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For regex what is the syntax for search until but not including? Kinda like:

Haystack:
The quick red fox jumped over the lazy brown dog

Expression:
.*?quick -> and then everything until it hits the letter "z" but do not include z

3 Answers 3

190

The explicit way of saying "search until X but not including X" is:

(?:(?!X).)*

where X can be any regular expression.

In your case, though, this might be overkill - here the easiest way would be

[^z]*

This will match anything except z and therefore stop right before the next z.

So .*?quick[^z]* will match The quick fox jumps over the la.

However, as soon as you have more than one simple letter to look out for, (?:(?!X).)* comes into play, for example

(?:(?!lazy).)* - match anything until the start of the word lazy.

This is using a lookahead assertion, more specifically a negative lookahead.

.*?quick(?:(?!lazy).)* will match The quick fox jumps over the.

Explanation:

(?:        # Match the following but do not capture it:
 (?!lazy)  # (first assert that it's not possible to match "lazy" here
 .         # then match any character
)*         # end of group, zero or more repetitions.

Furthermore, when searching for keywords, you might want to surround them with word boundary anchors: \bfox\b will only match the complete word fox but not the fox in foxy.

Note

If the text to be matched can also include linebreaks, you will need to set the "dot matches all" option of your regex engine. Usually, you can achieve that by prepending (?s) to the regex, but that doesn't work in all regex engines (notably JavaScript).

Alternative solution:

In many cases, you can also use a simpler, more readable solution that uses a lazy quantifier. By adding a ? to the * quantifier, it will try to match as few characters as possible from the current position:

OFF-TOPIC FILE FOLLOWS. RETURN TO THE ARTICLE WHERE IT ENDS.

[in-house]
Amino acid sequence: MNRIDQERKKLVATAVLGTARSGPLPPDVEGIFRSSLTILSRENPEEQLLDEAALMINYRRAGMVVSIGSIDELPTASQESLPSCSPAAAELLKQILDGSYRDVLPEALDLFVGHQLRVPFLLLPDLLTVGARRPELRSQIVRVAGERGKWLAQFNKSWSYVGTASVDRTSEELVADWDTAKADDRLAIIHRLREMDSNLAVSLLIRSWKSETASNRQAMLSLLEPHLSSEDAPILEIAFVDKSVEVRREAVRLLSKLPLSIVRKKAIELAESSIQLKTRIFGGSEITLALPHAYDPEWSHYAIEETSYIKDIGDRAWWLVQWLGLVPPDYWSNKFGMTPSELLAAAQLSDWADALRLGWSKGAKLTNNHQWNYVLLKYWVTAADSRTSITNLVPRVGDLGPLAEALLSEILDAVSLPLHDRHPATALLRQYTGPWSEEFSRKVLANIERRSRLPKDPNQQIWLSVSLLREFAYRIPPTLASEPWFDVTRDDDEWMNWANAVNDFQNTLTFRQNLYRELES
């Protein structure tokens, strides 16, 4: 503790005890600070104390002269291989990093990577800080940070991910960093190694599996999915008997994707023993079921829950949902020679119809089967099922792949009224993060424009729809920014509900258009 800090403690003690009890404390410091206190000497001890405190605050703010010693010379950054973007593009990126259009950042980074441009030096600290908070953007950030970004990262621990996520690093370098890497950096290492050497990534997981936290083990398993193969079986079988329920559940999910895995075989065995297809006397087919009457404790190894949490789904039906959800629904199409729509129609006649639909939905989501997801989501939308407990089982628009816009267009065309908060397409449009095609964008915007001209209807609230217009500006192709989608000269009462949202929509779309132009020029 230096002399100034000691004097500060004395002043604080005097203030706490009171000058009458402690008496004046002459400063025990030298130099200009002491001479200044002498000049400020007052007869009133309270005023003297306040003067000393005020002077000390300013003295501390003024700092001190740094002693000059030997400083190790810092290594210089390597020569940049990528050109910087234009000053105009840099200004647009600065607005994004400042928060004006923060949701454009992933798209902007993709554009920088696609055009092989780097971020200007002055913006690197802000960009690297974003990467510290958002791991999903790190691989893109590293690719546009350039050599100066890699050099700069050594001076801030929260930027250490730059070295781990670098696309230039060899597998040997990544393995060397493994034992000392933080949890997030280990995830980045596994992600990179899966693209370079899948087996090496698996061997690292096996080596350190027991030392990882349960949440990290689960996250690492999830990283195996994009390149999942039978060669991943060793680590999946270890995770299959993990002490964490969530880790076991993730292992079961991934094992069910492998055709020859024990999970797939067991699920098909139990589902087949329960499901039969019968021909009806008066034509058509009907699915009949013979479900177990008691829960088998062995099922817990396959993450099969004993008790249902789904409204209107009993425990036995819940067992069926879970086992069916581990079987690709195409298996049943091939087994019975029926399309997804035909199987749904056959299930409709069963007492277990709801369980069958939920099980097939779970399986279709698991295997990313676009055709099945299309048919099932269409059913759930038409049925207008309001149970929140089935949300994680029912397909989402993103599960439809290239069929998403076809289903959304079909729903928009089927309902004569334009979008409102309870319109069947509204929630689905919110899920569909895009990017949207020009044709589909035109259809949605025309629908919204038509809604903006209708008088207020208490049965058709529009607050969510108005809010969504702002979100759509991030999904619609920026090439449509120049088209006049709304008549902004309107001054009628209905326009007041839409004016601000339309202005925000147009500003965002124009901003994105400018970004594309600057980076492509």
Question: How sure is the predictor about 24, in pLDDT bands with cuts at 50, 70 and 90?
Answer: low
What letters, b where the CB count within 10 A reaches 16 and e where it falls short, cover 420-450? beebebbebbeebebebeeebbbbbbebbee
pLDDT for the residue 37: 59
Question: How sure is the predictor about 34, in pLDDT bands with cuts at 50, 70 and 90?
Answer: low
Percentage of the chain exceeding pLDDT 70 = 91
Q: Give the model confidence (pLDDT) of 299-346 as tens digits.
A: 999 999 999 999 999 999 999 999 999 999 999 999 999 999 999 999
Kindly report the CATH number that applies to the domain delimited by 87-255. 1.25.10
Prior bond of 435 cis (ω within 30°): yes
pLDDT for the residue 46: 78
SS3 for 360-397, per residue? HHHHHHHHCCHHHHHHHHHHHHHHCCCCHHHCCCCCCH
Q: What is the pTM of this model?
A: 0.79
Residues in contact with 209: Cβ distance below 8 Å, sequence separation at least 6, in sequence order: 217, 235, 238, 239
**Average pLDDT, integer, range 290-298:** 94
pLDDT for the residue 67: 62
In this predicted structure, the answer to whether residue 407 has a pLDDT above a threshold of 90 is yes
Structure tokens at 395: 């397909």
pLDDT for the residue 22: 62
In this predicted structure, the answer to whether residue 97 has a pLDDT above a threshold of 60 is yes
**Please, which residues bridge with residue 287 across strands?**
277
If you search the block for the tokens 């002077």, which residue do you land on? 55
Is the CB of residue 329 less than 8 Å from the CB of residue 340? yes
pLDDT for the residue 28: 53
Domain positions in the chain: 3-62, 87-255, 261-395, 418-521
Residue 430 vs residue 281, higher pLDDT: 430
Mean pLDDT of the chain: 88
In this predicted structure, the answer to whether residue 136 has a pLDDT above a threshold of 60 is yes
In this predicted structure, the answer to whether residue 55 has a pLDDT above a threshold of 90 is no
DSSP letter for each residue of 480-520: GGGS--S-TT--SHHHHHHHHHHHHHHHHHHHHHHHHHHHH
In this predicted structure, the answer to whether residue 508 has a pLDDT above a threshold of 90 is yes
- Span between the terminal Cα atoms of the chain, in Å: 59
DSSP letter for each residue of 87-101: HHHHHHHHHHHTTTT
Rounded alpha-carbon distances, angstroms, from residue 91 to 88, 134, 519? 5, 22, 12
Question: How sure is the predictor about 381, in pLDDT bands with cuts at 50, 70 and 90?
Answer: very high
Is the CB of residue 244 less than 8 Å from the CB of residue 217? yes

.*?(?=(?:X)|$)

will match any number of characters, stopping right before X (which can be any regex) or the end of the string (if X doesn't match). You may also need to set the "dot matches all" option for this to work. (Note: I added a non-capturing group around X in order to reliably isolate it from the alternation)

8
  • +1 Really nice answer, unfortunatly doesn't work with grep, but this answer does. Jun 10, 2013 at 2:58
  • @AlexandreLavoie: Interesting. Why should the other one work and not this one? Both use lookahead assertions. Perhaps it's just because of the (?:...) non-capturing group? Does it work with ((?!X).)*? Jun 10, 2013 at 7:40
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    Really don't know, I'm not a regex expert nor grep. I was using grep to filter requests for only one database from mysql bin transformet in sql. Here is the beast : grep -Po "(?s)use database_to_keep(.*?)(?=^use)" mysql-bin.000045.sql > filtered.sql Jun 10, 2013 at 7:49
  • Looks like a bash conflict since when I hit Up key, the last command is not the one I've used : grep -Po "(?s)use database_to_keep(.*?)(?:(?!^use).)*" mysql-bin.000045.sql > filtered.sql Jun 10, 2013 at 7:51
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    Good edit, @Tim, just add $ alternative: replace .*?(?=X) with .*?(?=X|$) May 5, 2017 at 10:31
20

A lookahead regex syntax can help you to achieve your goal. Thus a regex for your example is

.*?quick.*?(?=z)

And it's important to notice the .*? lazy matching before the (?=z) lookahead: the expression matches a substring until a first occurrence of the z letter.

Here is C# code sample:

const string text = "The quick red fox jumped over the lazy brown dogz";

string lazy = new Regex(".*?quick.*?(?=z)").Match(text).Value;
Console.WriteLine(lazy); // The quick red fox jumped over the la

string greedy = new Regex(".*?quick.*(?=z)").Match(text).Value;
Console.WriteLine(greedy); // The quick red fox jumped over the lazy brown dog
0

Try this

(.*?quick.*?)z
1
  • 3
    This includes the "z" in the match, which is precisely what the asker wants to avoid. Perhaps the regex is intended to be a term in a '|' alternative, and that alternative regex is used to perform multiple matches. If the "z" is the beginning of a string that would be matched by another term in the alternative, then this match will be forfeited because the "z" is already consumed by the current match. Aug 27, 2015 at 11:24

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